It’s great to see Arnold Schwarzenegger back on the big screen but he continues to be the best thing in bad movies during his rocky comeback. The future’s not set so there are possible ways that revisiting the Terminator franchise could have worked, but Genisys takes the road often travelled with Hollywood reboots – total mediocrity that borders on outright contempt for its audience here.
After 2009’s abysmal Terminator Salvation squandered much of the dwindling goodwill of the series (seriously, how do you mess up a future war against killer robots?) it was important for Genisys to bring fans back on board if the proposed new trilogy was going to take off. Casting Emilia Clarke (Game of Thrones) as Sarah Connor was an inspired choice, as was bringing back Arnold to the role that made him famous – the unstoppable T-800 cyborg.
Unfortunately that meant a series that already had a complicated web of time travel would have to retcon previous events to star a young Sarah Connor and somehow make sense of the 67 year-old Schwarzenegger in the same role he first played over 30 years ago. The screenwriters navigate such a fraught minefield with all the grace of a blind donkey, resulting in plot machinations that are head-smackingly stupid (“[He’s] remembering his past, which is our future”, “Watch out for nexus points!”, etc.).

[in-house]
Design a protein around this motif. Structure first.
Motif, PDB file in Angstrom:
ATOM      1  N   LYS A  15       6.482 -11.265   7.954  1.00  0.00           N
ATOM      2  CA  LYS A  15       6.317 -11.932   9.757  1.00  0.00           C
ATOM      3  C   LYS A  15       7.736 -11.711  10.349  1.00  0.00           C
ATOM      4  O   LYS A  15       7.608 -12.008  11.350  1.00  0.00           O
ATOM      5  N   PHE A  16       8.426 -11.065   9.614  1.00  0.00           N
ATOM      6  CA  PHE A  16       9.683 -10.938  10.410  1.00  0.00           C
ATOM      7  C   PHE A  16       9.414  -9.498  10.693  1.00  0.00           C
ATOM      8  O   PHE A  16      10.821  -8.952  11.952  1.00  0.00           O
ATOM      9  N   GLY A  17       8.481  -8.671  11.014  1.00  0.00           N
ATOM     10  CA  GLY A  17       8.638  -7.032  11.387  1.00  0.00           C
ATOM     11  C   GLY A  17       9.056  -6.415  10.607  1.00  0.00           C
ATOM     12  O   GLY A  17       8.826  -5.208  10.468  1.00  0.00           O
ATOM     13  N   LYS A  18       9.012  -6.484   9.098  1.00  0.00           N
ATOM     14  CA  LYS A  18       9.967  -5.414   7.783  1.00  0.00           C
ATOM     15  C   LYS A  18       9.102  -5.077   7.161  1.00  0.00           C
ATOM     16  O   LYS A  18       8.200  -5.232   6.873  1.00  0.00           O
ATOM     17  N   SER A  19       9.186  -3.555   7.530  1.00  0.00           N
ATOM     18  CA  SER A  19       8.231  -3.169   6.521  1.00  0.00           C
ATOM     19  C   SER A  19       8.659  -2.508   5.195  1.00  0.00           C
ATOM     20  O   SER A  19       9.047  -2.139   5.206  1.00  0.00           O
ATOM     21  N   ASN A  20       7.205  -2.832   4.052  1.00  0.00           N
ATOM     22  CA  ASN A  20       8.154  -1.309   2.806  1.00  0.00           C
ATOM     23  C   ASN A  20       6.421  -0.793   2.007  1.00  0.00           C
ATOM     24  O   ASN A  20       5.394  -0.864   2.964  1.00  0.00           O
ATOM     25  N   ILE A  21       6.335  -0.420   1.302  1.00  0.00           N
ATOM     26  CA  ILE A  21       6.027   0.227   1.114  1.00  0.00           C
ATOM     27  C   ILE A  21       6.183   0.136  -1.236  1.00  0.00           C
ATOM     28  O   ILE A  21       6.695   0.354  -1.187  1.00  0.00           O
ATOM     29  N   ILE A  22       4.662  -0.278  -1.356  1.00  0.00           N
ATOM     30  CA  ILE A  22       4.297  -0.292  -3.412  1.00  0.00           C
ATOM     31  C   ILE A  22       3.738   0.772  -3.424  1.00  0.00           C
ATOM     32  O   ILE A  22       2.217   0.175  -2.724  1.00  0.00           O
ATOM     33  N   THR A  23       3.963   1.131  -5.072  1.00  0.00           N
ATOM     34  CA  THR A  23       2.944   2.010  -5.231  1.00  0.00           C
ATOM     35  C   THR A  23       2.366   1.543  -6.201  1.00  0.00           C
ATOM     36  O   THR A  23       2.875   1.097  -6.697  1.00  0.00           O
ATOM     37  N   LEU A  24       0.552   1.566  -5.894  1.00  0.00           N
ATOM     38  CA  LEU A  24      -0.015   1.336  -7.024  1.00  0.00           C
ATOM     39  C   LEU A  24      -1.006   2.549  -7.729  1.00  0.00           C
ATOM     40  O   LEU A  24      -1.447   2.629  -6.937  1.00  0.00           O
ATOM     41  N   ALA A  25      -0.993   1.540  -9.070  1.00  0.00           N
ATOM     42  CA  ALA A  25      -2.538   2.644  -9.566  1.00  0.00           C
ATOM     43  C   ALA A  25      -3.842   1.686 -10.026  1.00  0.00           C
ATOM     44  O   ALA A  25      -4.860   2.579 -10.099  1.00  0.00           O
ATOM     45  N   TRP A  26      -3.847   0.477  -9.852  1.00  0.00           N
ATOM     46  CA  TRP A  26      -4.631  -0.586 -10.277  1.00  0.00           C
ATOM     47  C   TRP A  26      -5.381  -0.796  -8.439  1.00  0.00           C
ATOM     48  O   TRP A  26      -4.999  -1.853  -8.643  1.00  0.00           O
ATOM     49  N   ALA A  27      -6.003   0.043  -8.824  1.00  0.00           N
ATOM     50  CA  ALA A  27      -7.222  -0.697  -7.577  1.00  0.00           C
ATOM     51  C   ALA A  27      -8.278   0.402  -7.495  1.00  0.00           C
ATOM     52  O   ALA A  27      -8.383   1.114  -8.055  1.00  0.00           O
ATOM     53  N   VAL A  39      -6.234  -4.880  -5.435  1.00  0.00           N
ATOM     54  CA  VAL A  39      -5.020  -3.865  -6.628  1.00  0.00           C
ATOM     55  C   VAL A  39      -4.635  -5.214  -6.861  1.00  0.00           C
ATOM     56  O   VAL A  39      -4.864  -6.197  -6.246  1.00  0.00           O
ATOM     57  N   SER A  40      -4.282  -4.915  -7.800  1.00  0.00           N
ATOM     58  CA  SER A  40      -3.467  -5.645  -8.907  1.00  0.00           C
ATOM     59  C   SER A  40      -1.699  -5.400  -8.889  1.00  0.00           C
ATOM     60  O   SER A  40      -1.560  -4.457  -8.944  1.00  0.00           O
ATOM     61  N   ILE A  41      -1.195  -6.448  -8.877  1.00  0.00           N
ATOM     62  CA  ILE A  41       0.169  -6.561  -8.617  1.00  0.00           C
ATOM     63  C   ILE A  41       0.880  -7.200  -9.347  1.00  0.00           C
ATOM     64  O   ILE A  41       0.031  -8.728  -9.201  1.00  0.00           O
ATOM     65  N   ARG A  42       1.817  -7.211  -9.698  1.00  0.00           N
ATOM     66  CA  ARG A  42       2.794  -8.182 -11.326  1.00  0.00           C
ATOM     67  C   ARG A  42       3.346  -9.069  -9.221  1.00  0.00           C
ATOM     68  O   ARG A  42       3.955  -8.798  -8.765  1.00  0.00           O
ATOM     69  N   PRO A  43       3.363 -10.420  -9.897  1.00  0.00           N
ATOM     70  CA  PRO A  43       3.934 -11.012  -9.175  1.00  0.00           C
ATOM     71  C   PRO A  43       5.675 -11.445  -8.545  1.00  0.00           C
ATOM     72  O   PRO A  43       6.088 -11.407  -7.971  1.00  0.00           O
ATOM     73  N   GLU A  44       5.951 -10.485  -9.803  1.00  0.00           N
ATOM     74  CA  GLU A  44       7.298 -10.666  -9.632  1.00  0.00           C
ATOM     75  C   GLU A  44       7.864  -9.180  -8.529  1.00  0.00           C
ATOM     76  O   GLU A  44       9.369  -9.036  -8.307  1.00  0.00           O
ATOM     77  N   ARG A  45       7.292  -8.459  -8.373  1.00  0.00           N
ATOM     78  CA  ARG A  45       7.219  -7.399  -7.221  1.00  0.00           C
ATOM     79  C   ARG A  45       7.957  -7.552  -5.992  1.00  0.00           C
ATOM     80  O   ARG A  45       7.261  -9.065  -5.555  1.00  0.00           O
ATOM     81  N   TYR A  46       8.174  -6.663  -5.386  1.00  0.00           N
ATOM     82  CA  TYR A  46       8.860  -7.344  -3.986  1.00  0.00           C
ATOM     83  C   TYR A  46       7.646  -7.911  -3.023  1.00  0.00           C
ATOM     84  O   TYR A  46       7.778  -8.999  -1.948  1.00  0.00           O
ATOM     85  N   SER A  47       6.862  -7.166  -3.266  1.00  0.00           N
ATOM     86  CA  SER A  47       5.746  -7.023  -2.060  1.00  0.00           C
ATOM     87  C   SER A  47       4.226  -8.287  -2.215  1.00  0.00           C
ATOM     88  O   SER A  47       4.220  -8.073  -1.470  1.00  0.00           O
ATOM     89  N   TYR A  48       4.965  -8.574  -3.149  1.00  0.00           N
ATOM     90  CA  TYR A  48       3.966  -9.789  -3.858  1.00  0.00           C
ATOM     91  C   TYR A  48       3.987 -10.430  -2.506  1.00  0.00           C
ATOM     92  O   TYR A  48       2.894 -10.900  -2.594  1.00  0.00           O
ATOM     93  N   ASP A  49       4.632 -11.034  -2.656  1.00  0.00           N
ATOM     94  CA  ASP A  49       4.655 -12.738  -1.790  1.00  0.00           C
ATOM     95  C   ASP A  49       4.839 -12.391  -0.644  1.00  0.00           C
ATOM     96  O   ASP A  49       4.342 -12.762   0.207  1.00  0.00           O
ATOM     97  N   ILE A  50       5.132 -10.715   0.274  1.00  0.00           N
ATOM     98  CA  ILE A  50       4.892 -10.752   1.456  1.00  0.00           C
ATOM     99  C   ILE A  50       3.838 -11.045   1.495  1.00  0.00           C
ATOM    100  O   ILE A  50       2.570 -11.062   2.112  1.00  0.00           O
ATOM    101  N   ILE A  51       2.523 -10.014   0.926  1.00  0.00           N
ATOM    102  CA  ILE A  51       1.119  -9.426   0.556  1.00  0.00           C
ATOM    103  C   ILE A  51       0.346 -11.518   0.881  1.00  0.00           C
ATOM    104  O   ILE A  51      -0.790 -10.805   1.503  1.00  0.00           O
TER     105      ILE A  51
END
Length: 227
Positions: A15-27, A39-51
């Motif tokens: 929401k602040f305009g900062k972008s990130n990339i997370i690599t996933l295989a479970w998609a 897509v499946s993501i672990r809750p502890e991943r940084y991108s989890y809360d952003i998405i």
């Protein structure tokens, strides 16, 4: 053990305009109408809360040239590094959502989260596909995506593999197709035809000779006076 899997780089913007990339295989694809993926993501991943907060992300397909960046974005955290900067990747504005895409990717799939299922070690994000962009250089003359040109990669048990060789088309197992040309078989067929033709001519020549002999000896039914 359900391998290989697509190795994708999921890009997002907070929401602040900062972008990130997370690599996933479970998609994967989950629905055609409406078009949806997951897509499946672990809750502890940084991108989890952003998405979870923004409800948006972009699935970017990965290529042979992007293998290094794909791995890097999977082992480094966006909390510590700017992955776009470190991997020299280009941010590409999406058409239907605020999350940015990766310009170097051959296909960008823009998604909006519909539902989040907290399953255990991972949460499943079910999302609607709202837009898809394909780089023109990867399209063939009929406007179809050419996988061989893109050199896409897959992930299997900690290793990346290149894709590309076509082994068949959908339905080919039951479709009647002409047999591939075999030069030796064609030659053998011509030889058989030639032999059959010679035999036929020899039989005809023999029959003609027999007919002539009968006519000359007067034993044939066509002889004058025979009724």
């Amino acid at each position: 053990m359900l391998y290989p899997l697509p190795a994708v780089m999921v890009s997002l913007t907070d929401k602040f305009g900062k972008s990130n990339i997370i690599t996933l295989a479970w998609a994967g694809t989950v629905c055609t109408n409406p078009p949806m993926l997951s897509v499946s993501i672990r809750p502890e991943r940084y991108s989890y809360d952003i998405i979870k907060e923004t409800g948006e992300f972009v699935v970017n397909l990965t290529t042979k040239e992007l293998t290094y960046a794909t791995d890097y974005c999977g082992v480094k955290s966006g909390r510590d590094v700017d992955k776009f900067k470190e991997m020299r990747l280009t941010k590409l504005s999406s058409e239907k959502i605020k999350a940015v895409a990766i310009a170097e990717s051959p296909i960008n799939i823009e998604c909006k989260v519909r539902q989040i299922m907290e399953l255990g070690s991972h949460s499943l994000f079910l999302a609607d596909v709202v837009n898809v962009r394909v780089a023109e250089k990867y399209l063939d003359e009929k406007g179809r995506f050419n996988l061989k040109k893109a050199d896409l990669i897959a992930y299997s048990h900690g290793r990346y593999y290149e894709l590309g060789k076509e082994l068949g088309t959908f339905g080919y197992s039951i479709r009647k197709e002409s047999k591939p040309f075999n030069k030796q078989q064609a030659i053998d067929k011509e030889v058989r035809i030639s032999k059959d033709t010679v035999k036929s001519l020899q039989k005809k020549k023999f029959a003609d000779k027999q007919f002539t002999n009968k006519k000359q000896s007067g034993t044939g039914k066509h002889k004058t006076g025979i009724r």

Kyle Reese (franchise poisoner Jai Courtney) is the nominal lead, although he’s so vanilla as to be a non-entity. His story begins in dystopic 2029 as he’s joining an assault on his robot oppressors alongside the human resistance leader John Connor (Jason Clarke). Their true relationship will be familiar to Terminator fans, but the movie withholds the nature of it until the halfway point so I won’t spoil it here. They discover that the terminators have built a time machine that can only send back organic material (a franchise rule that means the cyborgs look human by necessity and ensures lots of nudity), so John sends his best solider Reese back to 1984 to stop the Terminator from his killing his mother Sarah.
That’s where everything changes and Genisys diverges sharply from previous entries. Turns out that Sarah is no mild-mannered waitress but is already battle-hardened, and far from being a damsel-in-distress, she rescues Reese from an attacking T-1000 (Byung-hun Lee taking over for Robert Patrick) that has inexplicably made it to 1984. There’s also a T-800 played by a digitally de-aged Schwarzengger attempting to exterminate Sarah. But wait! It’s taken out by another older T-800 played by Old Arnie! Kind of cool, but already difficult to explain.
Turns out the first benevolent T-800 (dubbed “The Guardian” in the credits) travelled back years before 1984 and rescued a pre-teen Sarah Conner after her parents were murdered. The good Terminator became her defacto protector/father figure (Sarah calls him “Pops”, ugh) and they’ve been on the lam since just evading robots and such. Confused yet? All this exposition is unpacked in the first half hour, and as Reese proclaims at one point during one of the movie’s few moments of self-awareness, “Time travel makes my head hurt”.